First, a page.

interior and therefore female space for the purpose of deceiving and slaying
16 Hartigan, 124.
17 Walton, 209.
18 Foley, 241.
INTERIORS AND EXTERIORS IN EURIPIDES' HIPPOLYTOS
The Hippolytos offers one of the strongest and most apparent arguments for
feminine deception and violence in the interior, although some of its other scenes must be
dealt with in more detail. The interior in question is the palace of Theseus at Troezen
wherein Phaedra kills herself after writing a damning and false letter against Hippolytos.
Exteriors include the area in front of the Troezen palace and the area along the cliffs
where Hippolytos receives the brunt of his father's curse.
Exteriors in Euripides' Hippolytos
Outside the Palace of Theseus at Troezen
The exterior of the palace of Theseus provides the usual forum for the chorus and
audience to be apprised of events. Aphrodite begins the play by making very clear that
Hippolytos will die and that incidentally Phaedra will suffer: "i 6' suK2S\Ec E'v x2aH'
opc coxT aTroAAuTC( / Oa16pc( TO yap Tfjo6' ou TrpoTIplipco KC(KOV / TO Prl ou
Trrapacxs6i TOUC sEpouc EX6pouc sJpoI / 61KTrI TooaurTTIV C0JOT' spoI KC(aAXcc XEIV"
(Hippolytos 47-50). Reinforcing the bond between maleness and openness is Hippolytos,
who at first entrance refuses to pay respect to the statue of Cypris, blatantly stating his
views on the subject of unchastity. When approached by the nurse later in the play, he
speaks with disgust around the subject of their discussion so thoroughly that a perfect
picture of Phaedra's unholy love for him is created by the spaces between his words. He
does not explicitly break his oath to any who do not already know the truth, as Phaedra's
Along the Cliffs: the Chariot Accident
Hippolytos' death is caused by Poseidon in response to Theseus' curse.
Hippolytos' death is unjustified but is stilljust. He has offended Aphrodite and must die,
that much is clear from the very beginning. He is immoderate in chastity and deserves to
suffer. Orestes was an unwilling kinslayer, Theseus unwitting. Both do the will of a god,
which is justice whether wise or not. With the available information Theseus acts with
justice. Hippolytos tells Theseus the following: "T]v apTIicc ''EITrov, r~ (#coc TOS6 /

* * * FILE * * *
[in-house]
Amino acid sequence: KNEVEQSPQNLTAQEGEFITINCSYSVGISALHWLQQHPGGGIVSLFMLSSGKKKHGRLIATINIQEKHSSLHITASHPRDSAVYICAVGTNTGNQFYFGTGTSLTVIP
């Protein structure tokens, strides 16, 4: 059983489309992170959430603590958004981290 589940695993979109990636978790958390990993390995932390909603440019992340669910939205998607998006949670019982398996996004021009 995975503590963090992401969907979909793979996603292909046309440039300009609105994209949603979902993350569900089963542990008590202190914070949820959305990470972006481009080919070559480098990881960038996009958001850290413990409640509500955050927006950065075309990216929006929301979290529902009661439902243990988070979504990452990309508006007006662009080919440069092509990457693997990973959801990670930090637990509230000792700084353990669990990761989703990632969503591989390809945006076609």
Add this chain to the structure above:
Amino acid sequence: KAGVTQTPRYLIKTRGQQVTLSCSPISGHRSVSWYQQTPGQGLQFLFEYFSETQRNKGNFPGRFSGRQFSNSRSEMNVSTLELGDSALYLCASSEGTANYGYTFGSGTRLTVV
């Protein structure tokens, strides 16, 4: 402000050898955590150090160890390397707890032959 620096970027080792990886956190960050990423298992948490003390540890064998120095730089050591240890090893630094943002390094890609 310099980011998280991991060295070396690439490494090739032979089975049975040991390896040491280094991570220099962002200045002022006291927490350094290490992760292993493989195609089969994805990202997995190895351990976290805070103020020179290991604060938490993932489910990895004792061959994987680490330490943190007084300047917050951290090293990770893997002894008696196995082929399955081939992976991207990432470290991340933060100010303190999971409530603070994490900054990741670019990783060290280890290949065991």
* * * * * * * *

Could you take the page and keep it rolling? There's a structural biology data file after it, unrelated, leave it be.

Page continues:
OUTTCO Xpovov TrCXaAXC(v s'IXosspKETo" (907-8).
When the lines are spoken, Euripides is making use of Hippolytos' innocence and
Theseus' suspicions that Phaedra's note tells the truth ... Spoken innocently, Hippolytos'
words have sinister implications for Theseus, who has a vivid conception of what
occurred at the last meeting between his wife and son ... Ambiguity is essential ...
Since the imperfect is what is used, it does not [in Hippolytos' mind] draw attention to a
specific act of leaving.1
But why would Theseus be more inclined to believe his wife than his son? In
accordance with the entire reason Aphrodite has for punishing Hippolytos, it is supremely
easy to assign hypocrisy to the self-righteous; the possibility that someone so full of
hubris is living a double life is too delicious to pass up.
ou sri Osoioav coc TEspioooc cov avlp
uvEI; ou oco'G)pcov Kai KaCKov aXKrpa(roc;
OUK av TTrloil-rpV TrooI ooT KOITTOIC syc~
Osoil0o TpooOsic caaXC(1v (povEsv KCaKoc.
1 Wesley D. Smith. "Staging in the Central Scene of the Hippolytus." Transactions and Proceedings of the
American PhilologicalAssociation 91 (1960): 167.
r6r vuv )cx(UEl KCXi 61' qAXou P3op&cx
OITOtI KC(Tr-ihVU' Op(#C( T' CVC(KT' SXCOV
3BcKXEUE TT2o\oSv YPC(xCxTCO)V TIiPoCV KC(TxVOUC"
lTTEI y' E)9rlC. TOUCH 6S TOIOUTOUC SyoC;
E6uyEIv TTpo)covo3C Trcaor 6rpEtouoI yap
ospvoi Ao6yoloIv, caoXpc, PIxavco pEsvol.
Do you indeed meet with gods, being a man
beyond the norm? Are you chaste and unsullied by evils?
I'll not believe your noises
nor be ignorant as to think evils associated with the gods.
Now boast already, and with veggies
and grains be a merchant, and having Orpheus as your lord